1 July 2011 The late Kader Asmal, South African liberation struggle veteran, human rights activist, academic and politician, was “a great African patriot who devoted his life to the fight against human oppression,” Deputy President Kgalema Motlanthe said at a memorial service on Thursday. “The agony that enveloped our country immediately after Professor Kader Asmal’s demise told of a grief-stricken nation,” Motlanthe said during a moving memorial service at City Hall in Cape Town. He said that Asmal had embraced a vision “that said a better human society based on human rights, equality, respect and celebration of our common humanity is possible and indeed desirable.” The Deputy President described the late African National Congress (ANC) veteran as an “an erudite professor” and an “organic intellectual in the truest sense of the word.” “His outlook was grounded in concrete, daily realities of the people he led,” he said. To Asmal’s wife, Louise, Motlanthe said: “We know you have not only lost a husband but also, you have lost a companion, a fried and a comrade.” During the ceremony, many people ranging from family, friends and comrades to politicians and academics gave testimonies on how they knew Asmal. Many described him as a “brilliant professor” and a “maverick of all sorts”, as well as a man with a sense of humour who also loved things like whisky and cricket. Poems and songs were performed in his honour as speaker after speaker quoted some of the poems which the late Cabinet minister loved. His Irish close friend of 47 years, Garry Kilgallen, said that he had met Asmal in 1964 in Ireland when he formed the Irish Anti-Apartheid Movement. He said that Asmal’s work in both Ireland and South Africa had left “living footprints on the sands of time.” He said that back home, people loved Asmal as he was loved in this country. He described him as a great source of advice as well as a great human rights activist, patriot and “a fighter for liberty.” Louise Asmal thanked everyone for the support she had received during this time of pain and urged the government to carry on with the work of uplifting the poor. Her speech received a standing ovation. Grandchildren Zoe and Oisin said that they would remember their grandpa as a man who was involved in their lives. They said he used to take them to school, walk them to the shops as well as mentoring them to be well cultured beings. Source: BuaNews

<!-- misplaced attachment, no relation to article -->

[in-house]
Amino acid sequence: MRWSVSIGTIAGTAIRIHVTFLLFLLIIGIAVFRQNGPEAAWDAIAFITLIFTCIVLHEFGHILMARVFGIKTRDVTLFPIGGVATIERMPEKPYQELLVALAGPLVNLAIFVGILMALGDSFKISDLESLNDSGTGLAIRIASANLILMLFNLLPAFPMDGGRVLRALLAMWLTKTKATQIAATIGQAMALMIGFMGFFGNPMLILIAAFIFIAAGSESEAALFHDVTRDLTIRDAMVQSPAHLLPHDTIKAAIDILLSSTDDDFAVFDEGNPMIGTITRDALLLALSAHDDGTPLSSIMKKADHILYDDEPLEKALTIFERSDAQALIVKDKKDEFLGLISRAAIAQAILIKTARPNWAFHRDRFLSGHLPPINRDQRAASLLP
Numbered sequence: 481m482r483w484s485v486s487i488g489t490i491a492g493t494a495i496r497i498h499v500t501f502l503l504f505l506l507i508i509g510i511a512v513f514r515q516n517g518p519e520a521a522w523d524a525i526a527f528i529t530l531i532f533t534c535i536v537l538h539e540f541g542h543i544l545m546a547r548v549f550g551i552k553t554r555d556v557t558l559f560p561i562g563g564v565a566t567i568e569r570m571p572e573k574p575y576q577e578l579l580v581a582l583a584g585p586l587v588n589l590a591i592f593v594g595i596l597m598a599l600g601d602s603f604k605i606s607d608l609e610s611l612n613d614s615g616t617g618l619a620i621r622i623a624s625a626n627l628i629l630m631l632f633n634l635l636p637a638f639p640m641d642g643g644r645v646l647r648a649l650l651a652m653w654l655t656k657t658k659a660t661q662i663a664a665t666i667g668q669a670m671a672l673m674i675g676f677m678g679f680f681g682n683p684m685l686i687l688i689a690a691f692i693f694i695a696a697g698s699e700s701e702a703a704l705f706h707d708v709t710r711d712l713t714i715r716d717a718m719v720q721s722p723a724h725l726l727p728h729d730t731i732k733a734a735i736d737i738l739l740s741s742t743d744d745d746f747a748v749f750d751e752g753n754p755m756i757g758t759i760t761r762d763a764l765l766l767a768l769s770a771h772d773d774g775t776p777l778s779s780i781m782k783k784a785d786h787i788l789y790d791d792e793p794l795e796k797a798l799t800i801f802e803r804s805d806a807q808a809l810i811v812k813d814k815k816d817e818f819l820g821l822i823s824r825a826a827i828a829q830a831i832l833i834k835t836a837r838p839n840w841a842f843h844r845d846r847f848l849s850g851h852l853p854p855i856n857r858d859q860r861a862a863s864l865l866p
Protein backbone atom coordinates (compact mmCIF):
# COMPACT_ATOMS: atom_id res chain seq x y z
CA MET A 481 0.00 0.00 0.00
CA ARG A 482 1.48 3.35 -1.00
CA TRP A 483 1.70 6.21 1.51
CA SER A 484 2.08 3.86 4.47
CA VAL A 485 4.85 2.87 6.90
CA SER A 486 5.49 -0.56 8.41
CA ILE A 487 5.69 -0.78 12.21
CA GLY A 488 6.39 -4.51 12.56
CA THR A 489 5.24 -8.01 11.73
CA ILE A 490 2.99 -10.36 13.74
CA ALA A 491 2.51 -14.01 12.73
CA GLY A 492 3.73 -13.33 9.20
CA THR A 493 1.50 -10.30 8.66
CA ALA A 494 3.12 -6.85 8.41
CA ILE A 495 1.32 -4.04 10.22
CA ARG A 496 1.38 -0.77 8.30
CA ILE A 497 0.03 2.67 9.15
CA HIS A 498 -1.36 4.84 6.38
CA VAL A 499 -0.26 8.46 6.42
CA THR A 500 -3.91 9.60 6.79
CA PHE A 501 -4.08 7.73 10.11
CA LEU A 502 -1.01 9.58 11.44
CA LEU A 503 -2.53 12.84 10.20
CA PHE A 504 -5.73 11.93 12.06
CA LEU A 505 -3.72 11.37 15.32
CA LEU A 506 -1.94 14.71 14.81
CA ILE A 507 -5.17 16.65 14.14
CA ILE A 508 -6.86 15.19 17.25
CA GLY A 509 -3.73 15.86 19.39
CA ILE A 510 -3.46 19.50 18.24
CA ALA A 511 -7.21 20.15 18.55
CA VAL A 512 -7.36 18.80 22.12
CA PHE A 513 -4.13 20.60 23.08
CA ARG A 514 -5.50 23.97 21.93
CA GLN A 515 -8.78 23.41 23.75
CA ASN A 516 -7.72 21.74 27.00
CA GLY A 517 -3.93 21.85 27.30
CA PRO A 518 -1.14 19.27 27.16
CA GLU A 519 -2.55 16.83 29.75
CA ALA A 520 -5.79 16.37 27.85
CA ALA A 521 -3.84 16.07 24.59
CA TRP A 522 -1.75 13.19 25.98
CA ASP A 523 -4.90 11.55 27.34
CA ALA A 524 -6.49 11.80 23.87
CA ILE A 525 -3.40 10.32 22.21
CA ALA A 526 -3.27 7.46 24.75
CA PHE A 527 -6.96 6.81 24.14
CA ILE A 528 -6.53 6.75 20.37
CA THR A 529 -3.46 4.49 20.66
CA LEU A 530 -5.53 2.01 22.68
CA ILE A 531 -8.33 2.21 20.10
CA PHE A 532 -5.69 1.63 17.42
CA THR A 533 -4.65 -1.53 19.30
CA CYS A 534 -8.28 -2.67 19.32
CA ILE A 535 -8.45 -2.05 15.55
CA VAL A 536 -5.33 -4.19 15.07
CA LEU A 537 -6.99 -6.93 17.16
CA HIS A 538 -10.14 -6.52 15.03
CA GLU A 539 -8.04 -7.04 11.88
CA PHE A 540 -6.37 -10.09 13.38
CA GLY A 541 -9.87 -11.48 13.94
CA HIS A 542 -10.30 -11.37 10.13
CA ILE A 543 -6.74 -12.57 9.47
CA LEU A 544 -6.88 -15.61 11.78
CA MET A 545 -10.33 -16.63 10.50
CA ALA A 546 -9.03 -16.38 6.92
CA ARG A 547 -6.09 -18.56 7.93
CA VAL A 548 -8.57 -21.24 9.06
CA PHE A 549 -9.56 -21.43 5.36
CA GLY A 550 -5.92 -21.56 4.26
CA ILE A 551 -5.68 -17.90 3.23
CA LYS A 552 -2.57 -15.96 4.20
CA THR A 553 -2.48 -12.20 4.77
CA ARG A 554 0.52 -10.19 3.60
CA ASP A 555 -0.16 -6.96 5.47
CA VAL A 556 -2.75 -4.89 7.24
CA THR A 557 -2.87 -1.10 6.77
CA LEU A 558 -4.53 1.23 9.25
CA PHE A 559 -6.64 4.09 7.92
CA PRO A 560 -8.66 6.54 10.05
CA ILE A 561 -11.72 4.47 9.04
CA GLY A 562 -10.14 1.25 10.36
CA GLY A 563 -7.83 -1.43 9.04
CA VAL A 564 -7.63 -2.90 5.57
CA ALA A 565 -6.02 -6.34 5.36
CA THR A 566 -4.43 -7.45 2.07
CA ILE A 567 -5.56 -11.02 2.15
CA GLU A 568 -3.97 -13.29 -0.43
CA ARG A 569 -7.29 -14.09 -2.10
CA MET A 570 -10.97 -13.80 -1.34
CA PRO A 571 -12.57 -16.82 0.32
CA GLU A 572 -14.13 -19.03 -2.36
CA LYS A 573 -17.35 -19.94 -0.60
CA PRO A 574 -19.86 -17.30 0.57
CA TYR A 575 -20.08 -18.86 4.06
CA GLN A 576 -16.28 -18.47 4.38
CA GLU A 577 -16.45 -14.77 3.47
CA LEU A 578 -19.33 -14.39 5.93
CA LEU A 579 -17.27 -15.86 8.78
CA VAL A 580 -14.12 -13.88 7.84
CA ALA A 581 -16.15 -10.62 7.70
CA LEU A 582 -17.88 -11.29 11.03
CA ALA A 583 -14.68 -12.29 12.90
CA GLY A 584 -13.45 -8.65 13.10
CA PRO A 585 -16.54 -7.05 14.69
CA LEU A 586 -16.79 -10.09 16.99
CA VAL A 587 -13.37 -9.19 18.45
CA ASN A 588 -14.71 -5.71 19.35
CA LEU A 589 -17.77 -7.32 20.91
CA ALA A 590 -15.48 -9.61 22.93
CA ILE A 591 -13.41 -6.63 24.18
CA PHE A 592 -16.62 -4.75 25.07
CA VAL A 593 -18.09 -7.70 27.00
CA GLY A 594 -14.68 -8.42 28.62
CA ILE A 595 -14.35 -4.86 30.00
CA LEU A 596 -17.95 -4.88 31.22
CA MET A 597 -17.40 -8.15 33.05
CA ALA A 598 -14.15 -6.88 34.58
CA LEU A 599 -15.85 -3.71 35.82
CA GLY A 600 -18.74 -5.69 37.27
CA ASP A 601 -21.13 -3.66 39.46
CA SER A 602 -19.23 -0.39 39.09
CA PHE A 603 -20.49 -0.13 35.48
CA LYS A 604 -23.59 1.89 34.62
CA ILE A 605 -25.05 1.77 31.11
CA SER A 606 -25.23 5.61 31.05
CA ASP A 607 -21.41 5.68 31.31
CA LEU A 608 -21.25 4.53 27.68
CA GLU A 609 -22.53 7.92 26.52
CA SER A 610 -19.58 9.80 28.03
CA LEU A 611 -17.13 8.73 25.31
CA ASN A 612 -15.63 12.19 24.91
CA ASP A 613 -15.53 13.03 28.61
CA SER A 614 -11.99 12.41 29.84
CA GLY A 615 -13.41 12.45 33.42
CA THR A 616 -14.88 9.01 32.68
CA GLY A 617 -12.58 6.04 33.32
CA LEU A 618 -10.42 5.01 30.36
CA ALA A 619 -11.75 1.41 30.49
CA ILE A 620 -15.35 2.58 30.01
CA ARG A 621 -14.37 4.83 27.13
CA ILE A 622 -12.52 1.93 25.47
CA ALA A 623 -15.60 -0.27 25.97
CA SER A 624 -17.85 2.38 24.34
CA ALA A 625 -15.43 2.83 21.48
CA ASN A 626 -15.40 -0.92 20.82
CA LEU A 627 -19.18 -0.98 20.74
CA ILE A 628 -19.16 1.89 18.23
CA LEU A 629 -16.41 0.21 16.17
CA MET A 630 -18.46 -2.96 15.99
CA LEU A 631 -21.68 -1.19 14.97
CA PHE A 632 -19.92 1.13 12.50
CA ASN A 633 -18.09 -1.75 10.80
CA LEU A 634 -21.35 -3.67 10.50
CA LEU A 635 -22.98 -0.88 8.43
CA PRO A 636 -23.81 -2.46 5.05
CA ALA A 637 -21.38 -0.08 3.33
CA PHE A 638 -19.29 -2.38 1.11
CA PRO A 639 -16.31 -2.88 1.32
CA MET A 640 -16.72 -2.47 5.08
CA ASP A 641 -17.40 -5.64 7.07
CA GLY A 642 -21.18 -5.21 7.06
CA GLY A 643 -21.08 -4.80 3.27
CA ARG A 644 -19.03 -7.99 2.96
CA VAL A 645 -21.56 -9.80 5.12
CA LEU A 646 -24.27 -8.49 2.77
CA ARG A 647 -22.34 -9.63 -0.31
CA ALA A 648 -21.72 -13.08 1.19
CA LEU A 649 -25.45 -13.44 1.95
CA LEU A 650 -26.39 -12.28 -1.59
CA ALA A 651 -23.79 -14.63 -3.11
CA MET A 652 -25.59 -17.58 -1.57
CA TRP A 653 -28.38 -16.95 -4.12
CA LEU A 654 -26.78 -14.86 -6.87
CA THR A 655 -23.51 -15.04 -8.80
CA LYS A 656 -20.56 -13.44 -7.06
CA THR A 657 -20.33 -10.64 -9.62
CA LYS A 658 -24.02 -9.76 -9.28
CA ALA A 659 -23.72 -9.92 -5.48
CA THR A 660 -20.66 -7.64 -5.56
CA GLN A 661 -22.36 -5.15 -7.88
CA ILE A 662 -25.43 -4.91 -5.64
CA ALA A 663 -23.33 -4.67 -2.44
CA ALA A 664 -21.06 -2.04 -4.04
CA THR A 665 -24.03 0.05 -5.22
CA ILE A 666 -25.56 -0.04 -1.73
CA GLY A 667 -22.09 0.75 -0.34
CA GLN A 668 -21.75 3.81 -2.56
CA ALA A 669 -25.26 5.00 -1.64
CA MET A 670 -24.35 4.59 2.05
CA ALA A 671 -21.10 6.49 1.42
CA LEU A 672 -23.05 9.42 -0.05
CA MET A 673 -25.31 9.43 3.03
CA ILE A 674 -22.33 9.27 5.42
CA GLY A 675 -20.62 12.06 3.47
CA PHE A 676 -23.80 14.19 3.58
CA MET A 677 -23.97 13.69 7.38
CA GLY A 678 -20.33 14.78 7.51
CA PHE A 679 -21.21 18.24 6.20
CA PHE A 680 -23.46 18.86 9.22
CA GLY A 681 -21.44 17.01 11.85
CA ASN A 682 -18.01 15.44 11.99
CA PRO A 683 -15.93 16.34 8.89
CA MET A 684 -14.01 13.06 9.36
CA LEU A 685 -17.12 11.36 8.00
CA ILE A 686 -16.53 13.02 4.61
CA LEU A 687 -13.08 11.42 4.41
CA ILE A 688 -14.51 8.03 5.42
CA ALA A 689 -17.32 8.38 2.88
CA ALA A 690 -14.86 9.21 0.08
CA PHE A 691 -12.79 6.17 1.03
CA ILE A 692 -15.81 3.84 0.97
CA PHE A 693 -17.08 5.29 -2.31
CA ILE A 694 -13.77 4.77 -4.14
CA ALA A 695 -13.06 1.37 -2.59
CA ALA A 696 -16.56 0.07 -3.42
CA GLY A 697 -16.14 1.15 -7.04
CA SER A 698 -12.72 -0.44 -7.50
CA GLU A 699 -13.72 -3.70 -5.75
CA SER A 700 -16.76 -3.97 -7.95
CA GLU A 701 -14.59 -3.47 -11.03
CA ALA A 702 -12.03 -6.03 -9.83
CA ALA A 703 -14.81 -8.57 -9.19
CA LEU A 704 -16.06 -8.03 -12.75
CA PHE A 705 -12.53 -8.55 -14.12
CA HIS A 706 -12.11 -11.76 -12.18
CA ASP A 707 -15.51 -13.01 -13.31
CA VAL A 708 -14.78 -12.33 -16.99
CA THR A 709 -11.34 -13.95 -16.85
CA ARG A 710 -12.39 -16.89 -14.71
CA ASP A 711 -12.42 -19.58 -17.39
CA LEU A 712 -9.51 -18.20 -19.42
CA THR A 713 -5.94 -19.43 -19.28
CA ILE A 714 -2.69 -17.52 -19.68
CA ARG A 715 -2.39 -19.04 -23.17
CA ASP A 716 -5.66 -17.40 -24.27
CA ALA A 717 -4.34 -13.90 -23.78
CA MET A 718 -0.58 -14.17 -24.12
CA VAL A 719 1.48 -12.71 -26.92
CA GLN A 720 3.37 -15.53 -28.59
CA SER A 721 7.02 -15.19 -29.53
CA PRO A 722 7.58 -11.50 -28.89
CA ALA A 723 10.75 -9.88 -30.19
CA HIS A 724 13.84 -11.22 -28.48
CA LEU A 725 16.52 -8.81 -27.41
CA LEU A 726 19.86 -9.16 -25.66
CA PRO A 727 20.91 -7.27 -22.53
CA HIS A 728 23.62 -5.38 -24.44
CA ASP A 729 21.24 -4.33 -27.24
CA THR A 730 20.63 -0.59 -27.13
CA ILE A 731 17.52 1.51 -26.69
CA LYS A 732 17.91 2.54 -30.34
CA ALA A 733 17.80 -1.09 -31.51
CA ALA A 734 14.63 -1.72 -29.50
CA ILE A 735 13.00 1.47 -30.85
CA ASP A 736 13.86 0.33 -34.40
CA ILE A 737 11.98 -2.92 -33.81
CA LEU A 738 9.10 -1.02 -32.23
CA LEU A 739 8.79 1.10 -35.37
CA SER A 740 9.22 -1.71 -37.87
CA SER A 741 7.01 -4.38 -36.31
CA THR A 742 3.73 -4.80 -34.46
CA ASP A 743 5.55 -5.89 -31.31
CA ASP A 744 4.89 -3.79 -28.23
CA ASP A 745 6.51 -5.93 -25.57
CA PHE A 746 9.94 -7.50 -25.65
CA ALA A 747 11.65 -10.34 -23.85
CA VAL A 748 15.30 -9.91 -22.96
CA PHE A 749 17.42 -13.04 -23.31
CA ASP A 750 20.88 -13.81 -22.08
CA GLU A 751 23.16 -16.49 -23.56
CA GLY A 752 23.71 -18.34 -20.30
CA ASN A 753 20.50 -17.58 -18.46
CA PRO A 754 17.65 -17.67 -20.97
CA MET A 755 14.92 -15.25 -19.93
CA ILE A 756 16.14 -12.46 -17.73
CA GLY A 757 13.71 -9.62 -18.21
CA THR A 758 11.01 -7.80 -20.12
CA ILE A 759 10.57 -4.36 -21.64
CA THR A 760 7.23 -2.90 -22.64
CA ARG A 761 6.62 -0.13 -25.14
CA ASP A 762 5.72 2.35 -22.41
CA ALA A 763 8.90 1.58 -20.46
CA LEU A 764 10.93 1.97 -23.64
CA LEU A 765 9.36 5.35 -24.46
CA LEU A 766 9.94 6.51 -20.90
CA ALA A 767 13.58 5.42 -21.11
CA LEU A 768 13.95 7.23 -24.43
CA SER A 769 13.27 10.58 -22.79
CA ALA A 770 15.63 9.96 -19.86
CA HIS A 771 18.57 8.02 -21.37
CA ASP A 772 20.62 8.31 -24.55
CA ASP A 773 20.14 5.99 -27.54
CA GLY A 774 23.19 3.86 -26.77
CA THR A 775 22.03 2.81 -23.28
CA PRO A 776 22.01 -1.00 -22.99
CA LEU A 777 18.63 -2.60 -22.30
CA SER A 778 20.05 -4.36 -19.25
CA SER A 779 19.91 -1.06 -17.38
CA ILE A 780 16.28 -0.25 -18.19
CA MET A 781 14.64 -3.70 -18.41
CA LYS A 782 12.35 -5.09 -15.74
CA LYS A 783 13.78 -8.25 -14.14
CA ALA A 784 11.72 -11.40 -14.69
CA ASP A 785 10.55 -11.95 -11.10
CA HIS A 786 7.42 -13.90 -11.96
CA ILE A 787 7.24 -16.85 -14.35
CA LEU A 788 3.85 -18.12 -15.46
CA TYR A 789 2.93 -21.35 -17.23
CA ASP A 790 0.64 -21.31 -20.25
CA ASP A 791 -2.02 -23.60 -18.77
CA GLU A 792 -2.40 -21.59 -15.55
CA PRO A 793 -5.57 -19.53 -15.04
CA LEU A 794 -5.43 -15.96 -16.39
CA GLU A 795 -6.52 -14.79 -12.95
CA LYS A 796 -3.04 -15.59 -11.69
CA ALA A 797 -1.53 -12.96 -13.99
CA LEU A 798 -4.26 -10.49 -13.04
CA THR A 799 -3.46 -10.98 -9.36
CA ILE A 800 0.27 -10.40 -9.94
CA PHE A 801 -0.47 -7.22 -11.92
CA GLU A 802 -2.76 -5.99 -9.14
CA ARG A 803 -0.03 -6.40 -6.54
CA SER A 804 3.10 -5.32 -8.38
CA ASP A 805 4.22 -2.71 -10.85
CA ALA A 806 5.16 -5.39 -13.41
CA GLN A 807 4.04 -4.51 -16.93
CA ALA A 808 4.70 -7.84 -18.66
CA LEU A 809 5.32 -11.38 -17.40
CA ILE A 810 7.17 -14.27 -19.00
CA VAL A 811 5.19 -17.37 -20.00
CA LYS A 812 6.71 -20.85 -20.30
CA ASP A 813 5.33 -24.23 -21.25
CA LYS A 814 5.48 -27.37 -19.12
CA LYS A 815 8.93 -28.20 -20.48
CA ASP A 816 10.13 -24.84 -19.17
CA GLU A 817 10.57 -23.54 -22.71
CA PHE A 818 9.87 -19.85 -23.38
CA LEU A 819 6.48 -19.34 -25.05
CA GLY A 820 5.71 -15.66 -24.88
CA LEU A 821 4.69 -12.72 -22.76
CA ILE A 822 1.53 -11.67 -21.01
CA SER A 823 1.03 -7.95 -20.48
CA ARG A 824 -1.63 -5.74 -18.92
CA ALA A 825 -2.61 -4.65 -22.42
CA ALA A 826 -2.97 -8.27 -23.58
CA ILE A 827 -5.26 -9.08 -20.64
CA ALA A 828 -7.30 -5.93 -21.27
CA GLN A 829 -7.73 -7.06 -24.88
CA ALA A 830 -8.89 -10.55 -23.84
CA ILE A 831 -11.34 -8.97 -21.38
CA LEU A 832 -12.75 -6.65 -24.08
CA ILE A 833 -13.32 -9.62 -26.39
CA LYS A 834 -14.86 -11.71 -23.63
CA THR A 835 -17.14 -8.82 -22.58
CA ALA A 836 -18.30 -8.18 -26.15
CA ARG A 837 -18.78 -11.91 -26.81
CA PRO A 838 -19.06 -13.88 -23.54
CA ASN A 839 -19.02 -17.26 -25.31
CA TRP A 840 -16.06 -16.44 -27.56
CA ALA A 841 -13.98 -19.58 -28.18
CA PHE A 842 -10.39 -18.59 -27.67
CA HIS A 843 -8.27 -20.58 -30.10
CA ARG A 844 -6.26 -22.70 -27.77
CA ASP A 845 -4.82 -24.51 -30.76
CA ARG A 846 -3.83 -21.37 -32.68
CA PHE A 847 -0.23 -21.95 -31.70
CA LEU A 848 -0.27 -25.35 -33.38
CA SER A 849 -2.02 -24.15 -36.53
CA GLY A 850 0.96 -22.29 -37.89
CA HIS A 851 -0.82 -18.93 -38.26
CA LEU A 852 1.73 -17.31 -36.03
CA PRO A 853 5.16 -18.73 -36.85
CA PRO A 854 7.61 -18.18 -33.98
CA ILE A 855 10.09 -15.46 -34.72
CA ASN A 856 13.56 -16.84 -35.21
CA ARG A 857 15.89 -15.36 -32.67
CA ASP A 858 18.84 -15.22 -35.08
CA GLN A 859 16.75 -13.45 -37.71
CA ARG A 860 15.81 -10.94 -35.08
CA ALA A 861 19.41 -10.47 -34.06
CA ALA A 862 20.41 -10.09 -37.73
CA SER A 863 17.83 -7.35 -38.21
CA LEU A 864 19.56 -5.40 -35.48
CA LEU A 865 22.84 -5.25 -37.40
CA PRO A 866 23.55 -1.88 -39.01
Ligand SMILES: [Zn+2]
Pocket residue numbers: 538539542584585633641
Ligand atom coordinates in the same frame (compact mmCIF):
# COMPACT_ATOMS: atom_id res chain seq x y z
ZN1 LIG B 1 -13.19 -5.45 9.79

After more than two decades of work, Mozambique is now clear of landmines – freeing up valuable agricultural land, opening up tourism and infrastructure development, and ensuring the safety of rural communities. The two decade long struggle to rid Mozambique of anti-personnel mines ended with a loud bang of the final known mine in the country. (Image: Halo Trust) • Spotlight shines on African cuisine • Telling our African stories • Kenyan filmmaker takes on race and women • Powerful women shape Africa • For women, by women – Pink Taxi Egypt Ray MaotaAfter more than two decades of work, Mozambique is now clear of landmines – freeing up valuable agricultural land, opening up tourism and infrastructure development, and ensuring the safety of rural communities.The antipersonnel mines were first planted in the 1960s during Mozambique’s war for independence from Portugal, then in the civil war that followed. Mines continued to kill and maim thousands of people long after peace was declared in 1992, and made large tracts of the country impassable.The destruction of the country’s last known landmine is the conclusion of 22 years of work by the Halo Trust, a mine clearance charity.A boon for economic developmentWith Mozambique now mine-free, its 26-million citizens can now cultivate crops and graze livestock safely.Since Halo began work in 1993, mine clearance has helped the country develop its infrastructure, exploit valuable commodities such as gas and coal, increase tourism and attract international investment. Mozambique’s GDP has grown 7% a year since Halo began demining, and the country now has one of the world’s fastest growing economies.“Mozambique is a compelling example of how dealing with the deadly debris of war systematically and in partnership with government, local people and donors can bring stability, recovery and growth to countries ravaged by war,” James Cowan, CEO of the Halo Trust, said in a statement.“Halo is proud to have been part of such a powerful legacy and hopes today’s news provides the momentum to strive for a mine-free world by 2025.” A timeline of how Mozambique became mine-free. (Image: Halo Trust)More than 1 600 Mozambican men and women have been employed by Halo over the past two decades.Using both manual and mechanical demining tools, they have made over 17-million square metres of land safe. Overall, Halo staff have cleared more than 171 000 landmines – about 80% of all the mines destroyed.“This is a proud day for Mozambique,” said Alberto Augusto, director of the Mozambique Institute for Demining. “Ridding our country of landmines was tremendously difficult, but the bravery and determination of our demining teams proves to the world that it is possible for countries to become mine-free.“We are truly grateful to those who risked their lives in order to protect those of our children and future Mozambicans.”